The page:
Because the area around Hodges' Gardens was a rock quarry in the 1800s and then used for lumber, there was  a lot of steep descents and ascents and a lot of pretty boulders.  At the bottom of the descent we were on the picture above was a narrow section of stream that we had to cross.  The trail leads hikers toward an easy place to cross on some of the pieces of broken boulder.  This, and the pine needles that get quite thick in some of the steep places, is the reason for the slip-resistant shoes.

Once the stream is crossed, there is a slightly steep upward climb that requires a hiking stick or the assistance of hands as well as feet, to get up. Ashlyn went up ahead and then I sent Maxx up.  Unfortunately, I followed too closely and when he stopped in his climbing for whatever reason, I started slowly sliding downward in the thick pine needles! There is a pretty rest spot at the top, with scenic boulders good for taking pictures.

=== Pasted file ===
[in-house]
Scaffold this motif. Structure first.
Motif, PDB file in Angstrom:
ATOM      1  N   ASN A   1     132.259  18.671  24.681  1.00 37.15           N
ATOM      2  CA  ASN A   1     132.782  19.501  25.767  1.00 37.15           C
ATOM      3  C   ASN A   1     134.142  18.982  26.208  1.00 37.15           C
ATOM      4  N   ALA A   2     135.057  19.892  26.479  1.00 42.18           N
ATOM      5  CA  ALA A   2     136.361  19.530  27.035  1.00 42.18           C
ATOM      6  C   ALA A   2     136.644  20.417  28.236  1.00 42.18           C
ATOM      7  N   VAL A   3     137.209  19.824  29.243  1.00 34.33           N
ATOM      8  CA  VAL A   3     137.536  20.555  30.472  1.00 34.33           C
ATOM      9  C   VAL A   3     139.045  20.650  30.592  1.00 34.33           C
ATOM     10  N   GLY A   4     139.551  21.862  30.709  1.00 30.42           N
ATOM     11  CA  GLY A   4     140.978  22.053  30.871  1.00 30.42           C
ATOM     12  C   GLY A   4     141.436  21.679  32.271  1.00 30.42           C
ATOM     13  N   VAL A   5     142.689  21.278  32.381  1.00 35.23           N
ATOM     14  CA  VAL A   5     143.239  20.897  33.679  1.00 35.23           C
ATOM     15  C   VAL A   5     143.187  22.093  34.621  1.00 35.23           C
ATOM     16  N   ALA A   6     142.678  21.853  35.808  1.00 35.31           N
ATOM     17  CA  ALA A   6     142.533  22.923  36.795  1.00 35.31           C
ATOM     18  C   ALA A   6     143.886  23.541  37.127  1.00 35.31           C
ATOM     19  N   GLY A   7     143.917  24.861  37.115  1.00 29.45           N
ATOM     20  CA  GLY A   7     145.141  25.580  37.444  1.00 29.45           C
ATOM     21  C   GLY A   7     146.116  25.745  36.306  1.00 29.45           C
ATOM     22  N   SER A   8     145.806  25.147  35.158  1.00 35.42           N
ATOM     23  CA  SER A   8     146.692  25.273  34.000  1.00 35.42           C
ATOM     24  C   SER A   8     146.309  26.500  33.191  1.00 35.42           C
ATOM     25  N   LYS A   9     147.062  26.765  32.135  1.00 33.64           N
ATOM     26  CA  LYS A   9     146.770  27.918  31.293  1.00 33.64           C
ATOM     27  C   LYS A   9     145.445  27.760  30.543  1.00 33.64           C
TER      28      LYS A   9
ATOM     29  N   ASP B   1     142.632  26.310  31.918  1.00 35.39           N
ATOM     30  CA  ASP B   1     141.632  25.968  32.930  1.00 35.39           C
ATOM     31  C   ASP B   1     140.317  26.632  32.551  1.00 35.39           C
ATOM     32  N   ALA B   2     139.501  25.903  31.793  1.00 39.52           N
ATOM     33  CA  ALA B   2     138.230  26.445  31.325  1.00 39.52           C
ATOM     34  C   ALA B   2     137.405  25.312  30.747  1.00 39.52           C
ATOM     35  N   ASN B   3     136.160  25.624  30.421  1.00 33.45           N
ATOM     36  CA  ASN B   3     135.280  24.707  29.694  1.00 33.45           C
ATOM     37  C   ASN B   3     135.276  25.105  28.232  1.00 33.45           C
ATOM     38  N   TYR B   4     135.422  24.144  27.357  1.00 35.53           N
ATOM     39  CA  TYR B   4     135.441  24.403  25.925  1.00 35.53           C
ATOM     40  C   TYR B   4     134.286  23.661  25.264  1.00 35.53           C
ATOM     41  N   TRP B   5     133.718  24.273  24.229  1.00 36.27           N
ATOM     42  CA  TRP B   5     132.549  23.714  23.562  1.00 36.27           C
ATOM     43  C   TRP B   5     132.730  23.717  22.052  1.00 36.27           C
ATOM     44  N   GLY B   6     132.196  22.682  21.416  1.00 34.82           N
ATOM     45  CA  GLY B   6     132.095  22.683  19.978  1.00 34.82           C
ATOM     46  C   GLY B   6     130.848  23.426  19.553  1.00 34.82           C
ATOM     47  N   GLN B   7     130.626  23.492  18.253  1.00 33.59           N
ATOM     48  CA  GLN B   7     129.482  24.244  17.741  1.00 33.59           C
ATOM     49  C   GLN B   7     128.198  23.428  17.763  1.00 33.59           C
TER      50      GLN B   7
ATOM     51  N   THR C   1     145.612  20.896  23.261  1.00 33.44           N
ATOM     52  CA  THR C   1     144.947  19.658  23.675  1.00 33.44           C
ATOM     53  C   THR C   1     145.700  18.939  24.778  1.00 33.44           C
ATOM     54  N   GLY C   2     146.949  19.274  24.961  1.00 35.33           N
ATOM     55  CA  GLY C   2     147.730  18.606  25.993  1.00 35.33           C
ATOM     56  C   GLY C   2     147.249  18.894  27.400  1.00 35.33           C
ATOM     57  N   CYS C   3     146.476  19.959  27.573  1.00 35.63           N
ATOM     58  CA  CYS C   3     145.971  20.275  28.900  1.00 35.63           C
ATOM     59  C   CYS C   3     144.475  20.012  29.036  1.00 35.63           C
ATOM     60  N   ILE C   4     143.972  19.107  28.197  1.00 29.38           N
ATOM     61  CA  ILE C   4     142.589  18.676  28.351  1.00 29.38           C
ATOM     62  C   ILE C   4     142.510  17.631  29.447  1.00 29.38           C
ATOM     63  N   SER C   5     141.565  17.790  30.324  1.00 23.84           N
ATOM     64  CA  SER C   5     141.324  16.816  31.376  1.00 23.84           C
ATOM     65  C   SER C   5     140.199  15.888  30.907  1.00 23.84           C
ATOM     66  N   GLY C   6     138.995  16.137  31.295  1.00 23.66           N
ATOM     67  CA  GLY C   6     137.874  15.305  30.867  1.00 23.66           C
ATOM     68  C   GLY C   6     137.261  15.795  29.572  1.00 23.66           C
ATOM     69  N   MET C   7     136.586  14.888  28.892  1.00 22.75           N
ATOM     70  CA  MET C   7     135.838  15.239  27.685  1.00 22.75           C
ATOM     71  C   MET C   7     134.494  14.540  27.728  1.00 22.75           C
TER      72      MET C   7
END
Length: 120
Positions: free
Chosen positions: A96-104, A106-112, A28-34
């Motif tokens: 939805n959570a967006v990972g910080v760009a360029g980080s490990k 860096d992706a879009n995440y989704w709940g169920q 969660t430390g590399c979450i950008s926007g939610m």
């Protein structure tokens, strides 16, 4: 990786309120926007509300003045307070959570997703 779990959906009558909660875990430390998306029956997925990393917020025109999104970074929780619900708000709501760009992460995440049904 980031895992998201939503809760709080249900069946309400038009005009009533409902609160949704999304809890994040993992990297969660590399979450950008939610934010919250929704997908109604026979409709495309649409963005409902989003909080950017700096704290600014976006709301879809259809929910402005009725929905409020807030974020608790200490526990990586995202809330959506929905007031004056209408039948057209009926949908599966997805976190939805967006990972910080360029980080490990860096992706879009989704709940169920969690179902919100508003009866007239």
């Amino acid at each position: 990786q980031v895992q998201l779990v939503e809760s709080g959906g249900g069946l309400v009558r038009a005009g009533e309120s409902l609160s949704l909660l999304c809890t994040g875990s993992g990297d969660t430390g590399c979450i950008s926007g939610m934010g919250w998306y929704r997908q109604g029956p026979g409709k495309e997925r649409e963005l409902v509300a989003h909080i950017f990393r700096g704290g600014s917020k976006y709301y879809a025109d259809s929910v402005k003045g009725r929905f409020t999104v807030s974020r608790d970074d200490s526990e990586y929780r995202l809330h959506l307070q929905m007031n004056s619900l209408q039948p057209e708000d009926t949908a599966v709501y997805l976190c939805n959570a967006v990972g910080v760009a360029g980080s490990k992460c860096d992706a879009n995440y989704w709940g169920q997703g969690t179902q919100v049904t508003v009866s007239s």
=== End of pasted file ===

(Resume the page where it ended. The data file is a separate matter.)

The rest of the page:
The trail continued on, with the sighting of boulders growing as we went back up out of the quarry area. We were starting to really break a sweat despite the breezy day and the shading, which created a beautiful lacy pattern across the kids' faces and the ground, throwing some of the forest surrounding us into eerie darkness, and some of the clearings into dazzling sunlight. 

The forward part of the trail ends at a large, partially open area with a lot of very nice looking, flat-topped boulders that were fun for climbing on and would have been nice to sit and have a small picnic if it had been slightly cooler. As it was, the weather, and the effort to get there, made us only want water! We sat on the boulders and caught our breath and the kids climbed around from boulder to boulder.  There were a couple of serious hikers ahead of us with backpacks and compasses who walked up the boulders, stood gathering their bearings and disappeared into the wilderness outside the longleaf forest.

We went over the barrier of boulders, that was creepily reminiscent of Pet Semetary, to see where the hikers went, but they had disappeared.  It was very different out there.  The longleafs stopped and it was a forest of trees mostly without leaves, with a gray tint all around and hard, rocky ground.  It should be an interesting hike at some point, but there are no marked trails back there.